Indeed, recent surveys have shown that the two things that Armenian people want and expect the most are more jobs and less corruption. The results can be interpreted as follows: Armenian citizens do not want more redistribution of income. They have seen enough of that.
The export to GDP relation has topped 37% in 2017 and has continued with record breaking figures in 2018. Those promising trends, however, cannot be enough if we want to ensure Armenia’s rightful place in the global economy.
Assumedly, the second question is: Where do we want to be?
The cornerstone of our future growth will be an investment policy framework that drives productive job creation and export competitiveness. The government and the people are united in this vision. Indeed, recent surveys have shown that the two things that Armenian people want and expect the most are more jobs and less corruption.
The results can be interpreted as follows: Armenian citizens do not want more redistribution of income. They have seen enough of that. What we, as Armenians want, is the ability and opportunity to earn and contribute to economic growth and prosperity of our homeland.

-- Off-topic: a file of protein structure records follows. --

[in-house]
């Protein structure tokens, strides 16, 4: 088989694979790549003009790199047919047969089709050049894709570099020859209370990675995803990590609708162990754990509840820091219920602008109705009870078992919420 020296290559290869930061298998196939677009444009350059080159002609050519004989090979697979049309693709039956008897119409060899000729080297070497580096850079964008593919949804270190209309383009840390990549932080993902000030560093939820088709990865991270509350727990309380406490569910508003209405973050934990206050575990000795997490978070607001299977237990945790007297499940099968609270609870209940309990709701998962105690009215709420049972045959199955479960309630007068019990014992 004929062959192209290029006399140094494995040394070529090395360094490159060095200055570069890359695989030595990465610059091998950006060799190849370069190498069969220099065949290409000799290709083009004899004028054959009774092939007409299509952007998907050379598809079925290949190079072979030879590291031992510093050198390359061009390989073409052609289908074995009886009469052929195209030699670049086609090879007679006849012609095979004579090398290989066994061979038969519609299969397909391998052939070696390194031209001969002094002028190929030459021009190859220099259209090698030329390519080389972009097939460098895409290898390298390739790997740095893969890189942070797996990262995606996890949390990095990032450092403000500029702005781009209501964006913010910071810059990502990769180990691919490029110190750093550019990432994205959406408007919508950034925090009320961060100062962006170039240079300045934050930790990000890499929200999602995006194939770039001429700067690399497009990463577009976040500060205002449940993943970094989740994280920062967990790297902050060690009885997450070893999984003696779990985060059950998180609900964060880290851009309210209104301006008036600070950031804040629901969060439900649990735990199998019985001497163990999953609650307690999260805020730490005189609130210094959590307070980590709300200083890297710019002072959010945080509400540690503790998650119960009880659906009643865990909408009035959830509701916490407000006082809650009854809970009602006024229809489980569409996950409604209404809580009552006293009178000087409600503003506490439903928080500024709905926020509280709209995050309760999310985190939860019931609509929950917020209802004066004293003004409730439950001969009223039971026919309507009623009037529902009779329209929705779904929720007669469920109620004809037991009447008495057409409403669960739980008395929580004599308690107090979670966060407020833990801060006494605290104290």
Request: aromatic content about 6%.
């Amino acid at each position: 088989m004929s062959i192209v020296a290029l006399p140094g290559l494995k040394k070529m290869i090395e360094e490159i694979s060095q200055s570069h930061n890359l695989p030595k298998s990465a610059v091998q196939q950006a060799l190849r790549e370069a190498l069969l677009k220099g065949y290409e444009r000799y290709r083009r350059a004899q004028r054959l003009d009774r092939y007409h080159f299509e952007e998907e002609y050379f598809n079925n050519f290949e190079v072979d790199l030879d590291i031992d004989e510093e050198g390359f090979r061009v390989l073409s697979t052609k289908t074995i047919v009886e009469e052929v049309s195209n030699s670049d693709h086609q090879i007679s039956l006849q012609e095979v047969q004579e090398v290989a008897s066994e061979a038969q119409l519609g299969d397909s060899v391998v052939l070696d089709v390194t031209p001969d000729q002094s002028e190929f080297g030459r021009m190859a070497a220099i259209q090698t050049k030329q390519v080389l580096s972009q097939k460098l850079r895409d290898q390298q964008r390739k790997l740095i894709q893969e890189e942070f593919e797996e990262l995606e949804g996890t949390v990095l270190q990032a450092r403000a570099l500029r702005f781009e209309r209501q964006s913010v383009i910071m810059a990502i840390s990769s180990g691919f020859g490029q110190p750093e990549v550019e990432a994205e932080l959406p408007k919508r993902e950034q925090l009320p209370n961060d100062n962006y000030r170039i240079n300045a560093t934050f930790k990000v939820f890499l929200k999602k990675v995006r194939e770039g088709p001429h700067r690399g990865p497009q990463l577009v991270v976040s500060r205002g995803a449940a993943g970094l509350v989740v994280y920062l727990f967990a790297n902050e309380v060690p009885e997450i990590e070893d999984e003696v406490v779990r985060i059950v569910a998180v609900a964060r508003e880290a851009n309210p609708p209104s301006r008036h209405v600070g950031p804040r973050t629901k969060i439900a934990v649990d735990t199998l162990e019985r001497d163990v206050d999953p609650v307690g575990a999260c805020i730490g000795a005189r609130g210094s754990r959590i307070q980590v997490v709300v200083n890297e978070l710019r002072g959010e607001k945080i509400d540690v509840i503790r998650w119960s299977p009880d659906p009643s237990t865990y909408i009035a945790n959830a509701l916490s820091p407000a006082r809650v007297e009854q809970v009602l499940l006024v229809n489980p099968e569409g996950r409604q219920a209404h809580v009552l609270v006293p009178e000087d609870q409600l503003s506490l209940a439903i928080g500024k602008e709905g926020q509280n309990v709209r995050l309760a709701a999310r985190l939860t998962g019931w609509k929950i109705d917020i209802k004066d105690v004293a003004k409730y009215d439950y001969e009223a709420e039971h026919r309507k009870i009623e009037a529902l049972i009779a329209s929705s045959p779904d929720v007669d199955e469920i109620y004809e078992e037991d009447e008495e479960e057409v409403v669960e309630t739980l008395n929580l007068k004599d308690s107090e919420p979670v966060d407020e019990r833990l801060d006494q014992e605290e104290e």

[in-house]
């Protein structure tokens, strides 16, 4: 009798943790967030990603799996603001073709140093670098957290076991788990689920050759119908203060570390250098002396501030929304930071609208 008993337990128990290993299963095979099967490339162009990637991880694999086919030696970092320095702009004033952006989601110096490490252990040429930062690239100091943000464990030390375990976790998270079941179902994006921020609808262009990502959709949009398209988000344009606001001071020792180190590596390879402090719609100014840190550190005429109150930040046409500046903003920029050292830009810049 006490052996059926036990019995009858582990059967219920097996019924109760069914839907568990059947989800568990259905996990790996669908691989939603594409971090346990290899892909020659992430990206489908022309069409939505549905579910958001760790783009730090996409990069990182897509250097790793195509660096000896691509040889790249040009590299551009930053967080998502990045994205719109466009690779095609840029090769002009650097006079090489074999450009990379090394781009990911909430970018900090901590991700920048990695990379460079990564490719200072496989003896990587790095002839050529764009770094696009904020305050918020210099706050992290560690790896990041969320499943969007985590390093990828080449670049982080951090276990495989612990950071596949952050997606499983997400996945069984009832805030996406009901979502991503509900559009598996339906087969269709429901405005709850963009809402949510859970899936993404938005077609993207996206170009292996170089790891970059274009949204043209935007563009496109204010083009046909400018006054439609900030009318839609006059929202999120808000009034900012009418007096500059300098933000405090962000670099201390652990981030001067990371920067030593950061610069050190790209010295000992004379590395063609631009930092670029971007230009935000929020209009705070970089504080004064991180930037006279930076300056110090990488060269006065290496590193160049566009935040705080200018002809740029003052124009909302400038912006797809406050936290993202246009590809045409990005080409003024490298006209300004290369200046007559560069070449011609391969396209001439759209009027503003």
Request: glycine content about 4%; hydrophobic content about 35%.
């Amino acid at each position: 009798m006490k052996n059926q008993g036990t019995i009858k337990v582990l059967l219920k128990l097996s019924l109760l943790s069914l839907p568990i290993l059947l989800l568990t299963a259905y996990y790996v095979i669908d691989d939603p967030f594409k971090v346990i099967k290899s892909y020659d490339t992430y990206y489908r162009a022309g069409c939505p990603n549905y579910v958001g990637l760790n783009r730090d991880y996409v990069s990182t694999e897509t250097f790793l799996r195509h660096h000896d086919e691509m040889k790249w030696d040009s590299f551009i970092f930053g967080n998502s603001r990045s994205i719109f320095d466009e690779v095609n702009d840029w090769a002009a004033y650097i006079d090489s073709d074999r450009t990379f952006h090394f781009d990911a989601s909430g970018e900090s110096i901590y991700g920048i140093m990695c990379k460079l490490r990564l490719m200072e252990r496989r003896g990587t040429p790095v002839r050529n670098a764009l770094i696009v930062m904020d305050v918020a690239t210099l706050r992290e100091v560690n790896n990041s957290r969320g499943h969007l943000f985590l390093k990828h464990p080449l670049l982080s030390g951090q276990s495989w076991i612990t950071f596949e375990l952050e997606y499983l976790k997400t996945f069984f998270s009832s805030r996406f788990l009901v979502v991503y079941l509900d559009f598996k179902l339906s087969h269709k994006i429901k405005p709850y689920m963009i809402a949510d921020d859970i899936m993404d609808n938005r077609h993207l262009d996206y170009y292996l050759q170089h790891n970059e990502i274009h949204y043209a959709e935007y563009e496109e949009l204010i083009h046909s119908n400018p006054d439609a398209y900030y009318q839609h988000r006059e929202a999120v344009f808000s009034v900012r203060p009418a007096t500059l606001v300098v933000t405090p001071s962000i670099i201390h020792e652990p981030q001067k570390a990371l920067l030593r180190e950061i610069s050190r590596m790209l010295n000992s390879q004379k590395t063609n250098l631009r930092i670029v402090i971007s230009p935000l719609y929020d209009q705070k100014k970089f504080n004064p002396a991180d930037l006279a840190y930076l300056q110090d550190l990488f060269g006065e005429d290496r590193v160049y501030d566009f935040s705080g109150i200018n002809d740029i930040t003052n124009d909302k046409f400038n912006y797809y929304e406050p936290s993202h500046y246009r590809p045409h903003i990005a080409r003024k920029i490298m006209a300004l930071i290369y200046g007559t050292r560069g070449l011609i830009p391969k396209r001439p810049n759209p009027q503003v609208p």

And here comes the role you are playing, since the ability of individuals to be productively employed depends on you.
To facilitate this process, on its part, the Armenian government has adopted: [an] open door policy towards foreign investors—our policy motto is to get rich and enrich; a growth-friendly tax code based on investors wills and needs; export and industrial modernization support mechanisms, such as tax and customs incentives; [and] a policy principle ensuring an unbiased and much less restrictive regulatory environment for doing business.
We have ensured that the economic agents operating in our country have access to markets around the world. (Armenia is a member of EEU and benefits from GSP with a number of countries, including Switzerland, and GSP+ with EU).* And of course, we guarantee free movement of capital and protection of property rights (including intellectual property).
Thus, the next question to be asked is: what can the Armenian people offer to reach the place it wants to be [sic]?
It has been said on many occasions and we continue to believe that Armenia has a small internal market with a lot of value-creation potential. And there are [sic] both a market to monetize this potential and a demand for Armenian products, ideas and culture. We must satisfy this demand and present value to the world. This means higher export of goods, services and, last but not the least [sic], culture.
The cornerstone of Armenian economy is the creativity and ingenuity of the people. This translates into our increased competitiveness in niche, high value-added products and services.